Unlike side effects associated with common cancer treatments like chemotherapy and radiation, side effects from immunotherapy can arise months or even years after treatment is completed and can affect any organ system. Not knowing when or where these symptoms will occur can complicate cancer care, but navigators can prepare patients by deploying strategies for early identification and management of these toxicities, according to Lavinia Dobrea, MS, BSN, RN, OCN, Manager of Oncology Research and the Biospecimen Program at St. Joseph Hospital in Orange, CA.
Recent research has shown that some immunotherapy side effects tend to appear within a few weeks or months of starting treatment. For example, providers should watch for rash and pruritis between 4 and 10 weeks from start of treatment, diarrhea between 5 and 10 weeks, and liver toxicities between 7 and 14 weeks. However, the most severe side effects tend to be linked to uncontrolled inflammation. These are conditions that end in the suffix “-itis,” and they can occur anywhere in the body long after treatment is completed.
Side effects can be common (ie, dermatitis, fatigue, diarrhea), infrequent (ie, hepatitis, adrenal insufficiency), or rare (ie, pneumonitis, encephalitis), but providers should know what to look for and be equipped to prepare patients for their potential onset.
The 5 Pillars of Immunotherapy Toxicity
Knowing the 5 pillars of immunotherapy toxicity can be invaluable to a navigator, Ms Dobrea told attendees at the AONN+ 2019 Midyear Conference. The key is prevention, she said; knowing the immune-toxicity spectrum and informing patients about the potential for immune-related adverse events. Providing them with this education will empower them to reach out if and when they experience a toxicity.
Next, anticipate; understand a patient’s baseline, including factors such as energy levels and bowel habits (frequency and consistency). This baseline evaluation also offers an opportunity to forge a connection with a patient who might not feel comfortable talking with another provider about something as personal as a change in their bowel movements. And without knowing the patient’s baseline, another provider wouldn’t recognize the extent of the change. Encourage patients to recognize and talk about what’s abnormal to them, she advised. After baseline evaluation, conduct on-treatment as well as off-treatment (survivorship phase) follow-ups.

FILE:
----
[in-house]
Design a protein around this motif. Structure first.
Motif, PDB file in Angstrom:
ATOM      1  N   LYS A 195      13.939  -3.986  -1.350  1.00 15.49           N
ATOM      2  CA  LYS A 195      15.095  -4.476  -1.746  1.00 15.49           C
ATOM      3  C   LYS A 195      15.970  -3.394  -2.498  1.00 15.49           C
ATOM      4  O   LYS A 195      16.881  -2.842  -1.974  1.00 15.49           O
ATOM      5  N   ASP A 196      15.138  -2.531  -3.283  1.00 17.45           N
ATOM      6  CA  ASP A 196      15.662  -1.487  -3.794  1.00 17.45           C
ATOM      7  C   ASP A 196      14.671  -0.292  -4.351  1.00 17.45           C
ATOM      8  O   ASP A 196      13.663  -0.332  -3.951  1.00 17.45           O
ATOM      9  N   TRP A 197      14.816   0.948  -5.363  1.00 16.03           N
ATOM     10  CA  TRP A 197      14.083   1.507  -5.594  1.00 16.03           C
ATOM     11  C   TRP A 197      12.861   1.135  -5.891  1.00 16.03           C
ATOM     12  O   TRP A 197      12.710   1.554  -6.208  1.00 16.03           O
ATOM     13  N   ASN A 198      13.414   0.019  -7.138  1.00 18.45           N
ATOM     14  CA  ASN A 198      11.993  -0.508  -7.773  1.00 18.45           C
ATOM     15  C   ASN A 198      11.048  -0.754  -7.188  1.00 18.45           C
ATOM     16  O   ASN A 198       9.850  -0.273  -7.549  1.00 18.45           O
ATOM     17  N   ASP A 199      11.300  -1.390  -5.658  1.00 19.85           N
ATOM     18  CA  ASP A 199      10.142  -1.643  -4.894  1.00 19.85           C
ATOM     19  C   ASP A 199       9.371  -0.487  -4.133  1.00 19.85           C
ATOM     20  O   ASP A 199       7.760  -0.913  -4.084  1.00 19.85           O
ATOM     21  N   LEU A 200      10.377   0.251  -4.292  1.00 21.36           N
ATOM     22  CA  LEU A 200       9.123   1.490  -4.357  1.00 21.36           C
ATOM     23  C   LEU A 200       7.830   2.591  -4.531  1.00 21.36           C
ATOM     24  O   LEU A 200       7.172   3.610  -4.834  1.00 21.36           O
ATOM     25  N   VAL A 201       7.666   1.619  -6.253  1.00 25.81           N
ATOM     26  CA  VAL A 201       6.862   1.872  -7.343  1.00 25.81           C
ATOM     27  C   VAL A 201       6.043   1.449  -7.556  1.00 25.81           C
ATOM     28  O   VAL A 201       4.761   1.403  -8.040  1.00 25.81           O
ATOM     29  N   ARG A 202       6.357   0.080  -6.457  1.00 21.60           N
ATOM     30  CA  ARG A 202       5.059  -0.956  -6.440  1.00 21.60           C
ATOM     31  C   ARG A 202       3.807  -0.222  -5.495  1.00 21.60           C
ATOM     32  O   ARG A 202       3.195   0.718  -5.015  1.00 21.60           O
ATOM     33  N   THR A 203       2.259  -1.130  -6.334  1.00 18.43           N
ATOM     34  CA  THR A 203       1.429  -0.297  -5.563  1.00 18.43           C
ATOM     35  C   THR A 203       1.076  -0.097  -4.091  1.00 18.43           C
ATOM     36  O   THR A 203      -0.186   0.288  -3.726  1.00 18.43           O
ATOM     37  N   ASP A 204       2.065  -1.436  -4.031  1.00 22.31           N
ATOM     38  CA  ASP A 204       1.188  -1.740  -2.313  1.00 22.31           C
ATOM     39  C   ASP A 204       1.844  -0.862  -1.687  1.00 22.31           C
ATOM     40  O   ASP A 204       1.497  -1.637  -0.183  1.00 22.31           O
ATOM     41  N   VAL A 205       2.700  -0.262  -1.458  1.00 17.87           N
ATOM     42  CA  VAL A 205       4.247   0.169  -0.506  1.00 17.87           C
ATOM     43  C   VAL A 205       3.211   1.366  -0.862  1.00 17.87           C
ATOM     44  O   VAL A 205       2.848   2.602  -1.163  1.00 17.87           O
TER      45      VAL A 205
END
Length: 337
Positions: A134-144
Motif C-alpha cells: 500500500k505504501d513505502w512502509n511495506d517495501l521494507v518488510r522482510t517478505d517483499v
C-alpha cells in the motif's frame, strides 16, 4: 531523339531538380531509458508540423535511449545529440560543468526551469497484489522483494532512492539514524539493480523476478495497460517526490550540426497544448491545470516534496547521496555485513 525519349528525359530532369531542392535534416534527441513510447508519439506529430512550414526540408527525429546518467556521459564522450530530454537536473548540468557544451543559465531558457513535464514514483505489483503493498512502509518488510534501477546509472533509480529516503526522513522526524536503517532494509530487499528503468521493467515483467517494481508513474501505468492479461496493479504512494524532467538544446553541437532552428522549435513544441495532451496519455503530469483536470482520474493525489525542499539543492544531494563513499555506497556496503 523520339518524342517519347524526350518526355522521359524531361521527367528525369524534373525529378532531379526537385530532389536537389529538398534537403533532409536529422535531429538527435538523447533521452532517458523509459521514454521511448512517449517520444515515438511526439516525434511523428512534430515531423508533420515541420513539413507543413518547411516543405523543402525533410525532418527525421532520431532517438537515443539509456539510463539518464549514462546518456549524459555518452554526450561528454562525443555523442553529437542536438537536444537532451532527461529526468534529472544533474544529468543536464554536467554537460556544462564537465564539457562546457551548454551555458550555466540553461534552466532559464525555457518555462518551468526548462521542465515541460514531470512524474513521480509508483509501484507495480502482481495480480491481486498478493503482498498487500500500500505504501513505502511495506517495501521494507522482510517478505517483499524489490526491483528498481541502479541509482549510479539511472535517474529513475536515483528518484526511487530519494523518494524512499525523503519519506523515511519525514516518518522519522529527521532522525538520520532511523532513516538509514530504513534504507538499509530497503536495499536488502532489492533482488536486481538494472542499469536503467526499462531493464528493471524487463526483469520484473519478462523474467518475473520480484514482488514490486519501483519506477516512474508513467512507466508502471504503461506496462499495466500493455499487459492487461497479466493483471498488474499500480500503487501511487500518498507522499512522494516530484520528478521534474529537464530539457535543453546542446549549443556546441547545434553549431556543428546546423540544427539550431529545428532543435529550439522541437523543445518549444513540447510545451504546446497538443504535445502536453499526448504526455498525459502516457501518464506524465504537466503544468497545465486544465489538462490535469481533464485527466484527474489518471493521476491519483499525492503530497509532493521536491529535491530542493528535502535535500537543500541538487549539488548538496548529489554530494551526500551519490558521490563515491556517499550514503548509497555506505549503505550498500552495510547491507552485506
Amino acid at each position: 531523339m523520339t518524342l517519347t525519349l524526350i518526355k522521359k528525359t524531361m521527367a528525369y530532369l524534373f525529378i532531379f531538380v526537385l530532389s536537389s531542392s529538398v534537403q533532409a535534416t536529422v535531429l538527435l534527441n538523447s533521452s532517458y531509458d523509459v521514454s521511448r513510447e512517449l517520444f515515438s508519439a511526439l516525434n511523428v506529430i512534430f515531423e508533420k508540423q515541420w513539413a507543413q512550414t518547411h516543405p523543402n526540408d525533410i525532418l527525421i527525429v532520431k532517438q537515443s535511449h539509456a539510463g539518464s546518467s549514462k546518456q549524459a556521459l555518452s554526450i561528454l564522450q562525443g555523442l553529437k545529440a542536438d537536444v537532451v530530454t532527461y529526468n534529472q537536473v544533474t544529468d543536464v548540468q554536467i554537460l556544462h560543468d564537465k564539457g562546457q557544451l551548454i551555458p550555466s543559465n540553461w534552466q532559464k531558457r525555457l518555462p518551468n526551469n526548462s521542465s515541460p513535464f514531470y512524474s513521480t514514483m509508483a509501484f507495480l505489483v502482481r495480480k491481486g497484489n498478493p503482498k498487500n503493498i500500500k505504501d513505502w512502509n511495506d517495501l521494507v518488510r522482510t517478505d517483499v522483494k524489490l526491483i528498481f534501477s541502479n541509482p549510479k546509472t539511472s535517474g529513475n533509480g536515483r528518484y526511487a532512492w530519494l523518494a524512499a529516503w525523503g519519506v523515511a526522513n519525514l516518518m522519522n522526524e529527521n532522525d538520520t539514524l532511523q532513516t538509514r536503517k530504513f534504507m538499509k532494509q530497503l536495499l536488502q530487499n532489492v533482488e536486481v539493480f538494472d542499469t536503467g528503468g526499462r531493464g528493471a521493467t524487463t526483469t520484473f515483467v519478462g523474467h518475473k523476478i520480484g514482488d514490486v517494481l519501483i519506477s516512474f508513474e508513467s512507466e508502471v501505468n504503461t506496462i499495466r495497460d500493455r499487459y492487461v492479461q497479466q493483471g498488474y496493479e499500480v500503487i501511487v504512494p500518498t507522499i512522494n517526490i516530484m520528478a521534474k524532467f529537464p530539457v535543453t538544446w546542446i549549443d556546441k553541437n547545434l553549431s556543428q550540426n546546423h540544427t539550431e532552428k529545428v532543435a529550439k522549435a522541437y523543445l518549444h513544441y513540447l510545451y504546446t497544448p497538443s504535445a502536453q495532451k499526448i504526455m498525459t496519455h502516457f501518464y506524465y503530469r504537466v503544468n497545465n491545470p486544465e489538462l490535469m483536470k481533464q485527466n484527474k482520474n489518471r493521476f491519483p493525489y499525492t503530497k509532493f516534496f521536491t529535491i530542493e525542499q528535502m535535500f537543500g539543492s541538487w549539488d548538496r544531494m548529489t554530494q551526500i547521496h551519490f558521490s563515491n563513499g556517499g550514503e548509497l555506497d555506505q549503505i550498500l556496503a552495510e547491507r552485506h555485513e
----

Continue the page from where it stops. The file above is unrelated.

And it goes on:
Next, detect; conduct detailed questioning for autoimmune infectious disease, endocrine and organ-specific disease history, and document critical details. (Is the disease currently being managed? Is it stable?) Conduct blood tests and full skin and mucosal exams, and if any lesions are present, take note of the extent and type, “really looking at what’s currently on their body, and what may change once they start immunotherapy,” she noted. Individuals with preexisting organ disease who are at risk of organ-specific toxicity should receive further cardiopulmonary screening.
“But you can’t just forget about the actual cancer itself,” she said. “Is the side effect tumor progression, or is it an immune-related adverse event?” Once progression is eliminated, treat. Provide patient education, and discuss options such as suspension of immunotherapy, referral to an organ specialist, and corticosteroids or other immunosuppressive drugs.
Finally, monitor for relapse or any immunosuppressive complications. According to Ms Dobrea, the National Comprehensive Cancer Network guidelines for the management of immune checkpoint inhibitor–related toxicities can be a helpful guide for conducting baseline assessments, and for indicating how frequently symptoms should be monitored and evaluated.
Developing patient-facing resources, such as wallet cards, can easily identify patients on immunotherapy and lead to fewer complications and adverse events. If complications do arise, particularly when the patient is in the care of another noncancer specialist, knowing a patient is on immunotherapy treatment could mean the difference between life and death.
Managing patients on immunotherapy is still evolving, but according to Ms Dobrea, navigators can and do play a vital role in preparing patients and their caregivers for what might lie ahead.